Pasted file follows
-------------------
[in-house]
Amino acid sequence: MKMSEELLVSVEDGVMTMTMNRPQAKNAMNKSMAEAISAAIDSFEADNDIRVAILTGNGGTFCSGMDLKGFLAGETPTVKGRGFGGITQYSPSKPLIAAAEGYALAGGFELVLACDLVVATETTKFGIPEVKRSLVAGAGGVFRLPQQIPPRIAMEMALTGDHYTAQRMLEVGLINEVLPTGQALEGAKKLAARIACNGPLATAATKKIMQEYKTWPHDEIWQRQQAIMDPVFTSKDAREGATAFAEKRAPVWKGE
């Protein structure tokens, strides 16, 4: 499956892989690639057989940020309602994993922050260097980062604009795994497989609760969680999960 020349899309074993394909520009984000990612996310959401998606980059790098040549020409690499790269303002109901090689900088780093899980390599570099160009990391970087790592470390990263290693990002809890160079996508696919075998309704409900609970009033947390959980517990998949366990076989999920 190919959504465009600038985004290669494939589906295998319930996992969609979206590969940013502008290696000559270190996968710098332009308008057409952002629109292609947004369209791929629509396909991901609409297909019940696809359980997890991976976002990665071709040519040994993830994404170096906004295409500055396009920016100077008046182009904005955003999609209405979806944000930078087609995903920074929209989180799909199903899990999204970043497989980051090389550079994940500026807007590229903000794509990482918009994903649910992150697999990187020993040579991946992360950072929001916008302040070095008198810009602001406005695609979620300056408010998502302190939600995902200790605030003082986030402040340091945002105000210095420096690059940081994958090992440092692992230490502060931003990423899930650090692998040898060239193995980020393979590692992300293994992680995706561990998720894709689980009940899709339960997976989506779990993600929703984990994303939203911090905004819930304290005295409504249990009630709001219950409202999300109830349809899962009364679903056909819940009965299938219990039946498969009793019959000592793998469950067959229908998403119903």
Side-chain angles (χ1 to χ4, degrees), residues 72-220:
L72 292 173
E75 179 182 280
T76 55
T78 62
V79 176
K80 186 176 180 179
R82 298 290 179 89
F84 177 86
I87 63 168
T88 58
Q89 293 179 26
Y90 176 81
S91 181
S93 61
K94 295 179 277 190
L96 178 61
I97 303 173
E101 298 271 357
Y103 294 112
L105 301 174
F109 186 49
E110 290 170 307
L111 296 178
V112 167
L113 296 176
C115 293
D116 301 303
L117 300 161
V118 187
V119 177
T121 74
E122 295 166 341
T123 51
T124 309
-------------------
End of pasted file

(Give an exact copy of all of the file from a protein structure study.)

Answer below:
[in-house]
Amino acid sequence: MKMSEELLVSVEDGVMTMTMNRPQAKNAMNKSMAEAISAAIDSFEADNDIRVAILTGNGGTFCSGMDLKGFLAGETPTVKGRGFGGITQYSPSKPLIAAAEGYALAGGFELVLACDLVVATETTKFGIPEVKRSLVAGAGGVFRLPQQIPPRIAMEMALTGDHYTAQRMLEVGLINEVLPTGQALEGAKKLAARIACNGPLATAATKKIMQEYKTWPHDEIWQRQQAIMDPVFTSKDAREGATAFAEKRAPVWKGE
């Protein structure tokens, strides 16, 4: 499956892989690639057989940020309602994993922050260097980062604009795994497989609760969680999960 020349899309074993394909520009984000990612996310959401998606980059790098040549020409690499790269303002109901090689900088780093899980390599570099160009990391970087790592470390990263290693990002809890160079996508696919075998309704409900609970009033947390959980517990998949366990076989999920 190919959504465009600038985004290669494939589906295998319930996992969609979206590969940013502008290696000559270190996968710098332009308008057409952002629109292609947004369209791929629509396909991901609409297909019940696809359980997890991976976002990665071709040519040994993830994404170096906004295409500055396009920016100077008046182009904005955003999609209405979806944000930078087609995903920074929209989180799909199903899990999204970043497989980051090389550079994940500026807007590229903000794509990482918009994903649910992150697999990187020993040579991946992360950072929001916008302040070095008198810009602001406005695609979620300056408010998502302190939600995902200790605030003082986030402040340091945002105000210095420096690059940081994958090992440092692992230490502060931003990423899930650090692998040898060239193995980020393979590692992300293994992680995706561990998720894709689980009940899709339960997976989506779990993600929703984990994303939203911090905004819930304290005295409504249990009630709001219950409202999300109830349809899962009364679903056909819940009965299938219990039946498969009793019959000592793998469950067959229908998403119903």
Side-chain angles (χ1 to χ4, degrees), residues 72-220:
L72 292 173
E75 179 182 280
T76 55
T78 62
V79 176
K80 186 176 180 179
R82 298 290 179 89
F84 177 86
I87 63 168
T88 58
Q89 293 179 26
Y90 176 81
S91 181
S93 61
K94 295 179 277 190
L96 178 61
I97 303 173
E101 298 271 357
Y103 294 112
L105 301 174
F109 186 49
E110 290 170 307
L111 296 178
V112 167
L113 296 176
C115 293
D116 301 303
L117 300 161
V118 187
V119 177
T121 74
E122 295 166 341
T123 51
T124 309